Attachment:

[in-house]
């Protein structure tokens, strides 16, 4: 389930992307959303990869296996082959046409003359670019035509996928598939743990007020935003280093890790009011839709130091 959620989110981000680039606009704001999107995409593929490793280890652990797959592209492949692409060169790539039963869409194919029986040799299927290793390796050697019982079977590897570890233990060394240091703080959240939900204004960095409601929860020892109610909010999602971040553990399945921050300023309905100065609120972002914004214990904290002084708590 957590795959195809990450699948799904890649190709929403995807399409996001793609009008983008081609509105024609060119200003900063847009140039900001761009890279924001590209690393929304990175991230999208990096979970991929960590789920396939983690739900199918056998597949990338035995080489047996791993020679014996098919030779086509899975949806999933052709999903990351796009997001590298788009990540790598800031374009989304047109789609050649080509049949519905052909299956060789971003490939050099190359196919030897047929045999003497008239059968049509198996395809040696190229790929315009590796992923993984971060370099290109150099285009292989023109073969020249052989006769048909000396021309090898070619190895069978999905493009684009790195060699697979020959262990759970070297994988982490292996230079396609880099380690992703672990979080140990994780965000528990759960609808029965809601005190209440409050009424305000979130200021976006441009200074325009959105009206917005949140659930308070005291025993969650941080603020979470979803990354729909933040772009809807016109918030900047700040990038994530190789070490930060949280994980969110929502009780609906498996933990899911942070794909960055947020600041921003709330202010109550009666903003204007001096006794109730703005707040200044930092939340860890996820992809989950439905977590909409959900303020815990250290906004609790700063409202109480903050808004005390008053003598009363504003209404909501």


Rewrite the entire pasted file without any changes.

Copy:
[in-house]
């Protein structure tokens, strides 16, 4: 389930992307959303990869296996082959046409003359670019035509996928598939743990007020935003280093890790009011839709130091 959620989110981000680039606009704001999107995409593929490793280890652990797959592209492949692409060169790539039963869409194919029986040799299927290793390796050697019982079977590897570890233990060394240091703080959240939900204004960095409601929860020892109610909010999602971040553990399945921050300023309905100065609120972002914004214990904290002084708590 957590795959195809990450699948799904890649190709929403995807399409996001793609009008983008081609509105024609060119200003900063847009140039900001761009890279924001590209690393929304990175991230999208990096979970991929960590789920396939983690739900199918056998597949990338035995080489047996791993020679014996098919030779086509899975949806999933052709999903990351796009997001590298788009990540790598800031374009989304047109789609050649080509049949519905052909299956060789971003490939050099190359196919030897047929045999003497008239059968049509198996395809040696190229790929315009590796992923993984971060370099290109150099285009292989023109073969020249052989006769048909000396021309090898070619190895069978999905493009684009790195060699697979020959262990759970070297994988982490292996230079396609880099380690992703672990979080140990994780965000528990759960609808029965809601005190209440409050009424305000979130200021976006441009200074325009959105009206917005949140659930308070005291025993969650941080603020979470979803990354729909933040772009809807016109918030900047700040990038994530190789070490930060949280994980969110929502009780609906498996933990899911942070794909960055947020600041921003709330202010109550009666903003204007001096006794109730703005707040200044930092939340860890996820992809989950439905977590909409959900303020815990250290906004609790700063409202109480903050808004005390008053003598009363504003209404909501």